While dabbling with Puppet I’ve spent a fair amount of time investigating facter, one of the tools (although puppet uses it as a library) it’s built on. While I quite like the format it uses to define a fact I’m hampered by my lack of ruby experience; simple things take me longer than they should. So when I noticed Pfacter while looking for a module on CPAN recently I thought I’d have a look at how it could be done in perl. Read on →

The current trend with config files is to fill them with comments (let’s ignore the fact this isn’t a substitute for documentation) and while this is helpful watching people arrow through them line by line looking for active options drives me nuts. If you’re using vim (as all good people do ;)) you can jump from uncommented directive to uncommented directive with /^[^#] as a search. Pressing n will then move you to the next uncommented option. Read on →

It’s been a long week that began with half the systems team coming down with colds and ended with no water at home and dealing with plumbers. A number of little road blocks cropped up and late Friday night I decided to do the adult thing - and ran away. I’ve not really had a non-tech break since January so about 10 Friday night I grabbed my “conference kit” (I’ve learned to pack for short trips both quickly and lightly - and with only cheap items) I went and bought a ticket to the coast, used the wireless in the train station to find a small “hotel” (that’s a glamourous term for where I ended up staying) and buggered off to enjoy the beach for two days. Read on →

A tech friend of mine has spent the last four months in Chennai doing the ground work for his first VC backed start-up. He’s got a years funding (at Chennai costs), he’s just got the building (including decent aircon and a generator - which were apparently harder to get than you’d think) and now he needs to grow his tech team from five to about thirty over the next couple of months. Read on →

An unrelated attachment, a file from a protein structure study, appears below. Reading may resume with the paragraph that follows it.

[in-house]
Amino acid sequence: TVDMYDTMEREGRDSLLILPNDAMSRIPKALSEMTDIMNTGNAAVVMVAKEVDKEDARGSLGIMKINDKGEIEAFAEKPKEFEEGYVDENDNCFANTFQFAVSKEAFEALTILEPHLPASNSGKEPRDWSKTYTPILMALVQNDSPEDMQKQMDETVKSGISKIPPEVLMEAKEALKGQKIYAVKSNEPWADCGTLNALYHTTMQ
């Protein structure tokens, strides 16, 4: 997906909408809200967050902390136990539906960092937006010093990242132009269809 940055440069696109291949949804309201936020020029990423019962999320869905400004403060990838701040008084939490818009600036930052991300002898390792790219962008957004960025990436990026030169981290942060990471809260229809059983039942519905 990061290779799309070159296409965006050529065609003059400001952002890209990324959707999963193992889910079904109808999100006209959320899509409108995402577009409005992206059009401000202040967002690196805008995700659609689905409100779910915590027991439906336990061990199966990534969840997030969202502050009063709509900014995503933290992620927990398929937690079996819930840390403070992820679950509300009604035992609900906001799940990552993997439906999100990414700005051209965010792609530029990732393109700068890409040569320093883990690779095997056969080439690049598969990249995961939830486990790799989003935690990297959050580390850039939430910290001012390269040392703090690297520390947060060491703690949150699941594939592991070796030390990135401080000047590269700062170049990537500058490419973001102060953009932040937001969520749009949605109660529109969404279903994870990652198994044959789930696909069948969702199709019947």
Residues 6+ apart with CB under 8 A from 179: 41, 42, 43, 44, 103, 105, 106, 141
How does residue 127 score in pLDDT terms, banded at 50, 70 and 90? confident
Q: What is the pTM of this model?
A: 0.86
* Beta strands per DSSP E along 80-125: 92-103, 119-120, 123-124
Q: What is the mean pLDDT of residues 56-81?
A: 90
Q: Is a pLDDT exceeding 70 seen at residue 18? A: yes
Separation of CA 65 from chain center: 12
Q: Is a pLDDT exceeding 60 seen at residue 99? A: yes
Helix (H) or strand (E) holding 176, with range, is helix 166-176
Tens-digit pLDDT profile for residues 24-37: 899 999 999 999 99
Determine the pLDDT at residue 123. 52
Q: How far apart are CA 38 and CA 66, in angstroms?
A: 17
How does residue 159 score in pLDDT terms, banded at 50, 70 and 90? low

While working on my Nagios display tools I wanted to modify our existing Nagios deployments to easily link the information in but after a quick dig I discovered that something was very wrong - the Nagios CGIs are written in C. While shell and perl are my current languages of choice I can write (a very little and very basic) C but the idea of customising webpages in it, especially pages this critical to the company, stopped me in my tracks. Read on →

Continuing the release of my Nagios code - here’s my Nagios Simple Trender. It parses Nagios logs and builds a horizontal barchart for host outages, service warnings and criticals. It’s nothing fancy (and the results are a little unpretty) but it does make the attention seeking services and hosts very easy to find. While the tool isn’t that technically complex I’ve found it useful in justifying my time on certain parts of the infrastructure. Read on →

We use the Nagios monitoring system at work (in fact we use four installs of it for physically isolated networks) and while it’s damn useful (and service checks are easy to create or extend) it’s a little lacking in higher level trending and visualisation tools. Well, at least the very old version we run suffers from this. Thankfully I work for a company that invests time in its core tools. Over the last couple of hackdays I’ve written two small scripts for parsing Nagios logfiles and presenting the information in a different, slightly more grouped way. Read on →

It’s not a well kept secret but I’m still surprised by how many people have never encountered .bash_logout. Its purpose is pretty simple, if you use the BASH shell it’ll be executed when you log out (see, a well named file!) So what’s it for? Well, I use mine to invalidate any sudo sessions I’ve got open (sudo -k), clear the screen -in case it’s a local session - and nuke a history file or two.

When I worked as a developer I played around with servers and infrastructure in my spare time, now I get paid to worry about that kind of stuff I quite enjoy writing the occasional useless piece of code. This weeks were a patch (well it started as a patch) to Statistics::Lite to make it pass its tests. And then I got distracted in to re-writing its test script from Test.pm to Test::More. Read on →

After heading to the Nordic Perl Workshop and watching sessions by Jonathan Worthington and brian d foy I decided to have a little play with Perl 6 and see if I could port my Daemon Percentages script (Perl 5 and Ruby versions already exist) to Perl 6. Thanks to material in the slides from the above sessions and asking a couple of questions in #perl6 I got a basically working Daemon percentages Perl 6 script running on my Windows desktop under pugs in a couple of hours (I had problems finding an example of the substitution). Read on →